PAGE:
Outside the Equality Act

AuthorJames Hand
DOI10.1177/1358229115593829
Publication Date01 December 2015
SubjectArticles
Article
Outside the Equality Act:
Non-standard protection
from discrimination
in British law
James Hand
Abstract
The ‘single’ Equality Act 2010 was intended to unify and simplify British discrimination
law which had grown-up piecemeal over 40 years. However, a number of protections did
not follow the standard model (as originally laid down in the Sex Discrimination Act
1975) and remained outside the unification process. Such grounds include trade union
membership and the possession of whistle-blower status and past criminal records. This
difference has been significant in the government’s reaction to the European Court of
Human Rights’ decision in Redfearn v. UK regarding membership of political parties,
where the government opted to expand these ‘other’ protections rather than amend the
Equality Act 2010. This article considers the role and status of these other discrimina-
tions which remain outside the Equality Act 2010 in light of the government’s response
to Redfearn.
Keywords
Equality Act 2010, discrimination, protected characteristics, trade union membership,
public interest disclosure, rehabilitation of offenders, political membership
School of Law, Portsmouth Business School, University of Portsmouth, Portsmouth, UK
Corresponding author:
James Hand, School of Law, University of Portsmouth, Richmond Building, Portland Street,
Portsmouth, PO1 3DE, UK.
Email: james.hand@port.ac.uk
International Journalof
Discrimination and theLaw
2015, Vol. 15(4) 205–221
ªThe Author(s) 2015
Reprints and permission:
sagepub.co.uk/journalsPermissions.nav
DOI: 10.1177/1358229115593829
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Introduction
There was, and is, no general equality principle within British anti-discrimination law.
Rather, as Fredman wrote in 2001, there was ‘a relatively sophisticated set of anti-
discrimination statutes [which] operates within a narrow area’ (2001, p. 149). Over the
years since then, the set of statutes grew in number and scope, and in 2008, the govern-
ment noted that there were ‘nine major pieces of discrimination legislation, around 100
statutory instruments setting out connected rules and regulations and more than 2,500
pages of guidance and statutory codes of practice’ (Government Equalities Office,
2008, p. 6). In place of this myriad web, they proposed instead a single piece of legisla-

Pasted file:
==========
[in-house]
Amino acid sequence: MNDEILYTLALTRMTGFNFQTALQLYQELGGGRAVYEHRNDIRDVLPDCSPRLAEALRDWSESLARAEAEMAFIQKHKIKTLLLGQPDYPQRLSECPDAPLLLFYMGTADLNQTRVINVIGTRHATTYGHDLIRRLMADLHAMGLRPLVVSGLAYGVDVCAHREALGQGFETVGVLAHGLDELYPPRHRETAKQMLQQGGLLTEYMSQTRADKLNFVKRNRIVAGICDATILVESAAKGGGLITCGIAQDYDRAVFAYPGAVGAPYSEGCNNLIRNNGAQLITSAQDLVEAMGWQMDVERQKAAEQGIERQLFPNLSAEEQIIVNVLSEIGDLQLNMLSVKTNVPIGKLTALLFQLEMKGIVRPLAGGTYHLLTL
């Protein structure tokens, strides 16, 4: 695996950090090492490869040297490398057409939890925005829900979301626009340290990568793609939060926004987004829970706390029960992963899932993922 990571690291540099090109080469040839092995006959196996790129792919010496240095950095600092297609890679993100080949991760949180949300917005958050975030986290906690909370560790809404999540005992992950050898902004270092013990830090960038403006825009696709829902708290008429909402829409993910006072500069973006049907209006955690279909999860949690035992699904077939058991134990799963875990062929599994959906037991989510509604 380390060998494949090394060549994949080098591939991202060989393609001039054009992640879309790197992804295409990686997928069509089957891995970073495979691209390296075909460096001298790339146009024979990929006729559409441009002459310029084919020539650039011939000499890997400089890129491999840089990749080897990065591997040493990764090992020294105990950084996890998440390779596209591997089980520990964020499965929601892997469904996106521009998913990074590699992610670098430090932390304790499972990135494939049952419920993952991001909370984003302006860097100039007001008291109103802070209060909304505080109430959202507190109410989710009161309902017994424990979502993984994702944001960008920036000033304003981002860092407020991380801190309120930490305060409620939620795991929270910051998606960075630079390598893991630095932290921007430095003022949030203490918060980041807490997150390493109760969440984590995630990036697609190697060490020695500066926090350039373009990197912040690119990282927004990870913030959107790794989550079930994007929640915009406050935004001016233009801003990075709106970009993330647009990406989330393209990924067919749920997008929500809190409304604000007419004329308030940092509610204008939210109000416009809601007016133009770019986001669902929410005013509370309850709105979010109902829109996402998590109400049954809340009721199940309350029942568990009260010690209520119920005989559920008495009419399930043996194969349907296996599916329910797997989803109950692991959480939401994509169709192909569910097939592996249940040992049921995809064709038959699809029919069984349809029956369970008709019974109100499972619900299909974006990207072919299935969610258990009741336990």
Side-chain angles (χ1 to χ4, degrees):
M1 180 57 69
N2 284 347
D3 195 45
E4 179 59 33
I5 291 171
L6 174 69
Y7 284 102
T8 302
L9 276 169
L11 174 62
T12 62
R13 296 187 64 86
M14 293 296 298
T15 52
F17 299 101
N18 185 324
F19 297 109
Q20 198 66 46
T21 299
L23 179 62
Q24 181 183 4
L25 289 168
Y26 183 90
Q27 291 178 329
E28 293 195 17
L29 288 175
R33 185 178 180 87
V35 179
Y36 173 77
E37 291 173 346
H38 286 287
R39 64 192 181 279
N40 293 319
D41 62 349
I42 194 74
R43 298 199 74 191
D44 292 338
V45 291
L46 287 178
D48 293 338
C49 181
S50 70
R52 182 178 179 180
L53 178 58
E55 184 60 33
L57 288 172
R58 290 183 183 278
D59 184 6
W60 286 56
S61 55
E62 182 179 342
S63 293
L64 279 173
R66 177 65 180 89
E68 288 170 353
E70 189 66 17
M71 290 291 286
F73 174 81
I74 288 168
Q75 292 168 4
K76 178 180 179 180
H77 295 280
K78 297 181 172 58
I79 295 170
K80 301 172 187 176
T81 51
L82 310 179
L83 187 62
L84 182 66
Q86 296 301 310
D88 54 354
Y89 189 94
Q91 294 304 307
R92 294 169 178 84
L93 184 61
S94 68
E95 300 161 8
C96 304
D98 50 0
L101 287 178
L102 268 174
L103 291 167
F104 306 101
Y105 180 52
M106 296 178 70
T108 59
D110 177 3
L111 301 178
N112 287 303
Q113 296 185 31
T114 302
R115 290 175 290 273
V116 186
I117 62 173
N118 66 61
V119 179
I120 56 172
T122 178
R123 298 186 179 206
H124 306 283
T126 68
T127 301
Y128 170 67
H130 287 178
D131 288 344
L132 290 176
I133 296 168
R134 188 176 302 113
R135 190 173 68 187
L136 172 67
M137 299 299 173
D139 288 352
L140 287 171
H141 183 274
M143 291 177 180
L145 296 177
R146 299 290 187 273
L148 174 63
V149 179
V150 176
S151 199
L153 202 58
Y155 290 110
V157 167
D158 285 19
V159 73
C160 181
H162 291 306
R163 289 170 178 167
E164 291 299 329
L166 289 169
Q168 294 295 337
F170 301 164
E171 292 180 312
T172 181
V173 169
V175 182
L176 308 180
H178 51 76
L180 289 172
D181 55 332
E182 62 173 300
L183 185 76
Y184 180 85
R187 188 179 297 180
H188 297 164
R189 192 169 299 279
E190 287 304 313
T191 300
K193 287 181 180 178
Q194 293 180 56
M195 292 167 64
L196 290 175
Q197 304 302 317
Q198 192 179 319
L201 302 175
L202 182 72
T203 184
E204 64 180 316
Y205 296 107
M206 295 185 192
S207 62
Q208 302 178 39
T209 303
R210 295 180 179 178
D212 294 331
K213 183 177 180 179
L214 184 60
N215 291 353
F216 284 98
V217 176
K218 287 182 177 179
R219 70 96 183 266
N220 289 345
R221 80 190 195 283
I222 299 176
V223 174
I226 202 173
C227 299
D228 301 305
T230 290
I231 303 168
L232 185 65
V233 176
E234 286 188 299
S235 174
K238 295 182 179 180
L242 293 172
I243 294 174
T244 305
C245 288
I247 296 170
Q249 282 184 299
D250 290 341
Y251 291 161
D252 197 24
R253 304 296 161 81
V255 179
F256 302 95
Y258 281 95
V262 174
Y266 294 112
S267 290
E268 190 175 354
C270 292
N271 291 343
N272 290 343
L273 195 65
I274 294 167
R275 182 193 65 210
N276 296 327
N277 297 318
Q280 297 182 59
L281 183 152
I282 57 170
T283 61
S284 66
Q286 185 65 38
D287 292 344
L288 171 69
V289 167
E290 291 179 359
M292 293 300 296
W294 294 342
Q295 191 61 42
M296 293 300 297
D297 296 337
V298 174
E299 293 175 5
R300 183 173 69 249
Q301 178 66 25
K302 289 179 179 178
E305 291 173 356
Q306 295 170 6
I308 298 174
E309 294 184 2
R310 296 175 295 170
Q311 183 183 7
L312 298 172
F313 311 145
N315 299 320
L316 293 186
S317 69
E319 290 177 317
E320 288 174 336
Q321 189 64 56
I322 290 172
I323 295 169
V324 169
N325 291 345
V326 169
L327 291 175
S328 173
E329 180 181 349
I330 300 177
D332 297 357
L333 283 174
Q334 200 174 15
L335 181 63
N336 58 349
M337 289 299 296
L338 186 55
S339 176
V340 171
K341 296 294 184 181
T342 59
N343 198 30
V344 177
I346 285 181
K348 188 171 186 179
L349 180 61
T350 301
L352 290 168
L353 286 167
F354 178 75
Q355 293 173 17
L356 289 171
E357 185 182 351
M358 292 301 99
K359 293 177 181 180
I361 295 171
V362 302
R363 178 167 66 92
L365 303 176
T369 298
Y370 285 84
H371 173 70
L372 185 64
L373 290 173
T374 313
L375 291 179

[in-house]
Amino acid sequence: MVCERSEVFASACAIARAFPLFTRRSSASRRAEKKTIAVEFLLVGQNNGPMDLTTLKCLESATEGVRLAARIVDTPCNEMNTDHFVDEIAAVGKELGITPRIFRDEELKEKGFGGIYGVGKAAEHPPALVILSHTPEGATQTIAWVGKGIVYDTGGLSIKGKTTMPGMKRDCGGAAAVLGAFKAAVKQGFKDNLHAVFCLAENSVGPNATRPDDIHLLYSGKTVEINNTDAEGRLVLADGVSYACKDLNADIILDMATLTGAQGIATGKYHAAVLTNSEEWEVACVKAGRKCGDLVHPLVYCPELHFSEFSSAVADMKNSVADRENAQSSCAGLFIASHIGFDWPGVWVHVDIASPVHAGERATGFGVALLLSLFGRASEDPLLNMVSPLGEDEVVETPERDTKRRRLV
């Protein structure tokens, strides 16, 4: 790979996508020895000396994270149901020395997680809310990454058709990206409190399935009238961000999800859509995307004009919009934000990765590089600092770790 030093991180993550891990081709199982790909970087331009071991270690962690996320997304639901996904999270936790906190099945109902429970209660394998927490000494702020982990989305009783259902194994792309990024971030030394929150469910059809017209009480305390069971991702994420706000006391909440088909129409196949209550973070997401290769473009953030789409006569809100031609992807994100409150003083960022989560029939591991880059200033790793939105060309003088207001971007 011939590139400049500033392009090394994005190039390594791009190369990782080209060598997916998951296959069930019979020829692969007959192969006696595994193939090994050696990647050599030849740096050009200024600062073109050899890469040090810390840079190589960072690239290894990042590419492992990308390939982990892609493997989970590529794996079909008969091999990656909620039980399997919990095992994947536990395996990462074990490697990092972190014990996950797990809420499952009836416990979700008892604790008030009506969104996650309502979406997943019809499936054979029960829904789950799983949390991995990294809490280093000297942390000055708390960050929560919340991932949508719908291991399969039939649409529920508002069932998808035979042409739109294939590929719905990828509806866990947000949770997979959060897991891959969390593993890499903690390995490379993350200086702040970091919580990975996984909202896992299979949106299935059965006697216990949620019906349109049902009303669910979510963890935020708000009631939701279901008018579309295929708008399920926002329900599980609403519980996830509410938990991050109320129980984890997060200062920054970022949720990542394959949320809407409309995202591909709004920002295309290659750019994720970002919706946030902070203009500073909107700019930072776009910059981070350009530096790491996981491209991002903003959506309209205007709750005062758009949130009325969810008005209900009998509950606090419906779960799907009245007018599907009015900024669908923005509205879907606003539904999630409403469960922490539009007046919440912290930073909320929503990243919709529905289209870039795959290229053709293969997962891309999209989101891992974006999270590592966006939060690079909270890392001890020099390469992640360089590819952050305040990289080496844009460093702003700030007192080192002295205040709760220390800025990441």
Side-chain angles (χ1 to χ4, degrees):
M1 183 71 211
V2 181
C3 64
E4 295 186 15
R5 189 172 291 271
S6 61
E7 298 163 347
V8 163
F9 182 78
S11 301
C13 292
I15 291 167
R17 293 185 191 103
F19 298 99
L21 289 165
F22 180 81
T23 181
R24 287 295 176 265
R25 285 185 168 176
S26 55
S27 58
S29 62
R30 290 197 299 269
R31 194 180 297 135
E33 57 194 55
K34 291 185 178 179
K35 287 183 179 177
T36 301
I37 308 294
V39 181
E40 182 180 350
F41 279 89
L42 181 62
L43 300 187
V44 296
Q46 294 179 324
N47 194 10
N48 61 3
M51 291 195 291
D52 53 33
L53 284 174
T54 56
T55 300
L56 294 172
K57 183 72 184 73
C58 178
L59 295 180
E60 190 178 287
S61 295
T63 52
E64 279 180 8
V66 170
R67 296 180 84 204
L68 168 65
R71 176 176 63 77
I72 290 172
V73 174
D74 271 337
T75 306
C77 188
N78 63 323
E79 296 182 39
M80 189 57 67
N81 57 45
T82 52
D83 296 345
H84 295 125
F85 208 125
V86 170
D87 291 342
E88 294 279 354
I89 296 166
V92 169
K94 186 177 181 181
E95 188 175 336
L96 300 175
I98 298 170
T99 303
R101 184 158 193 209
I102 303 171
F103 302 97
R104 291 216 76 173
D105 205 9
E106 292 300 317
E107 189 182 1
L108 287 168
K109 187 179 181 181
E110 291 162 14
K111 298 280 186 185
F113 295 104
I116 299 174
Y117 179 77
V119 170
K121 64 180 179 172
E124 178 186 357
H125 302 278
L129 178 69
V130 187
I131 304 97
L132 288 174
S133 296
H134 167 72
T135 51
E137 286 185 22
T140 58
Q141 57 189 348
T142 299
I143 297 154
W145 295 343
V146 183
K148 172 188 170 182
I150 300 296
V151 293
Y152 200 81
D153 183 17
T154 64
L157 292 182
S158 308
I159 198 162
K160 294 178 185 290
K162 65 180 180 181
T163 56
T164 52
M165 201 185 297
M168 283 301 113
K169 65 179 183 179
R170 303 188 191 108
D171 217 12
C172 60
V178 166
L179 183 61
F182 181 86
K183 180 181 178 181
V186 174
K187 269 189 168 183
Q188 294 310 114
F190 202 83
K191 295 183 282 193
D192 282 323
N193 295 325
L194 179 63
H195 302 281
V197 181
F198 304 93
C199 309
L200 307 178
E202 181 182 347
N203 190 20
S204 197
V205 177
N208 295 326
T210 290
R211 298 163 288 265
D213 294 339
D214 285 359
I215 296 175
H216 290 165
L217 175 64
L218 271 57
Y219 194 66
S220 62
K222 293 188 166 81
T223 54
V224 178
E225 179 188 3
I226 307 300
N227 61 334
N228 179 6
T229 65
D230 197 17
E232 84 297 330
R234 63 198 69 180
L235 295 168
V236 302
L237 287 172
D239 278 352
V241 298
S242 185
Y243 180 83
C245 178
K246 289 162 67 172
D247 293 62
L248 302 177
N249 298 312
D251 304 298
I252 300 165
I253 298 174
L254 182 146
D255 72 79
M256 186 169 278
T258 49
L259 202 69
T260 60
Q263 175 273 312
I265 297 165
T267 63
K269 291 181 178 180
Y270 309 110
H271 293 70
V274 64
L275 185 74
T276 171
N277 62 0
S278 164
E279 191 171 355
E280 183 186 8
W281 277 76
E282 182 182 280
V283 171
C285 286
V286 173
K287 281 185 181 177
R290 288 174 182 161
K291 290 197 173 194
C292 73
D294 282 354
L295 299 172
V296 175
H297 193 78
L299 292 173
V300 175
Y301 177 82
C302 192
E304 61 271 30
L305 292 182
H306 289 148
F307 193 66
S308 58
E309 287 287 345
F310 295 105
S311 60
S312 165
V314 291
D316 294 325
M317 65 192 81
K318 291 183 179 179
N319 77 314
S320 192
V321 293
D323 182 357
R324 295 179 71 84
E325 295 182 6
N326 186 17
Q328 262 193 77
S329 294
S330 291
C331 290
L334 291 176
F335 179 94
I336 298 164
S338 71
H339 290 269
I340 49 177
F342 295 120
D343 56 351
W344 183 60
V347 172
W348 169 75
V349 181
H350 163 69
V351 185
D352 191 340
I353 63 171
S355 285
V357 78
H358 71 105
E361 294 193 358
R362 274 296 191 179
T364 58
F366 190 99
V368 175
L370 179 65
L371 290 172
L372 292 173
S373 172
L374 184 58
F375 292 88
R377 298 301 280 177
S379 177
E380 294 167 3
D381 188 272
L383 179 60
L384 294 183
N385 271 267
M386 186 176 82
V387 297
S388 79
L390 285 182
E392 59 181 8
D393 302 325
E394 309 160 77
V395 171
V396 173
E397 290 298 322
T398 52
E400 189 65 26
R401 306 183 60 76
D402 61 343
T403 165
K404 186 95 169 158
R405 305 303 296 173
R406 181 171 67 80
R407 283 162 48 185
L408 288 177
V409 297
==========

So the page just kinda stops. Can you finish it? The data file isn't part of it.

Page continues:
tion, somewhat misleadingly described by some as the single Equality Act,
1
which in the
words of the Long Title would ‘restate the greater part of the enactments relating to dis-
crimination and harassment related to certain personal characteristics’. The restatement
within the Equality Act 2010 was primarily intended to simplify, and to varying extents,
unify, harmonize and strengthen, the British anti-discrimination statute book and related
guidance.
2
Whilst it has, indeed, unified much of the law and in doing so erased some of
the apparently peculiar distinctions formerly within it (discussed further below), there
are other protections from discrimination which were left untouched and these form the
focus of this article.
The now-unified provisions generally previouslyprovidedprotectioninthesame
wayaseachotherbuildingontheseminalmodellaiddownintheSexDiscrimination
Act 1975, although there were notable exceptions in the wording and scope of pro-
tection (some of which continue). However, not all protection from detriment or less
favourable treatment, be it related to one’s characteristic, conduct, contract or mem-
bership, followed the common model, and these remained outside the unification
process.
3
This disparate treatment inevitably raises questions as to a hierarchy of pro-
tections and the disparate way rights are designed and protected and, furthermore, was
of significance in the Government’s reaction in 2013 to the European Court of Human
Rights (ECtHR) judgment in Redfearn v. United Kingdom.
4
It was held in Redfearn
that the United Kingdom was in breach of Article 11 of the European Convention
on Human Rights (ECHR), as it had not taken reasonable measures to protect employ-
ees from dismissal on grounds of political affiliation. One response to the decision
could have been an extension to the protected characteristics within the Equality Act
2010, which could have opened the door to further incorporating some or all of the
excluded protections into the Act. The other response was to add to the list of protec-
tions outside of the single Act.
Having briefly set out the context of the protections provided by the Equality Act
2010, this article considers some of the significant non-Equality Act protections from
discrimination and the response of the Government to Redfearn. Consideration will
necessarily be limited to exploring the areas outside the standard model that relate to the
common theme of ‘what people are’ or ‘what they have done’ rather than the economic
circumstance of their contract (not least as, in contrast to the other areas, the United
Kingdom and European Union protection regarding atypical workers such as part-time
and agency staff, to quote Fredman (2000, p. 195), ‘come[s] down firmly on the side
of market regulation, rather than individual rights’).
5
206 International Journal of Discrimination and the Law 15(4)

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